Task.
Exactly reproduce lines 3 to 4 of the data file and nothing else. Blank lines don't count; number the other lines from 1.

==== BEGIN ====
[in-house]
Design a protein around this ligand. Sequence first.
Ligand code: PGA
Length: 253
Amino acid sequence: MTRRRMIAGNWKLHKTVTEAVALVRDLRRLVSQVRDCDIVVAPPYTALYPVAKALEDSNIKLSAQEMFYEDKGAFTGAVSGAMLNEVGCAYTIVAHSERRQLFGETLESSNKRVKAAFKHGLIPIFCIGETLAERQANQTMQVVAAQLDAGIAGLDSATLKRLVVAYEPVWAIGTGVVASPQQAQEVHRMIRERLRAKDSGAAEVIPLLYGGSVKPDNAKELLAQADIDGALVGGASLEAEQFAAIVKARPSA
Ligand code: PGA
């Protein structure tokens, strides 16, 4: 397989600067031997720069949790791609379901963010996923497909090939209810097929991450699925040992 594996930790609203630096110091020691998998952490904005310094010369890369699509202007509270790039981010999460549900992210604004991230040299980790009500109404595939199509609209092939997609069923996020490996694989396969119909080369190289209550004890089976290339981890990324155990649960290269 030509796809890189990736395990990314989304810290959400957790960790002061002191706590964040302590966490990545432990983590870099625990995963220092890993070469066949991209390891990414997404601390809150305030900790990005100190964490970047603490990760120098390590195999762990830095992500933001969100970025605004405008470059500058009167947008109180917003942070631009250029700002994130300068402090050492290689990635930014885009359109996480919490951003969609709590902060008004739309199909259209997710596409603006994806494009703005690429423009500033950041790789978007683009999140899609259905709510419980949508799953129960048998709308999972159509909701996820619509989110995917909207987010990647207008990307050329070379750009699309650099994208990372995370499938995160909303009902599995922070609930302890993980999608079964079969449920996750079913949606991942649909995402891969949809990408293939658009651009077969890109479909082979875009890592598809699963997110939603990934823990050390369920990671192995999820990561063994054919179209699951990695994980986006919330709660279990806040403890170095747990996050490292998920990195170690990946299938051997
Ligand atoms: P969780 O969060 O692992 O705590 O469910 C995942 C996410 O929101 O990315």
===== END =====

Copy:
Ligand code: PGA
Length: 253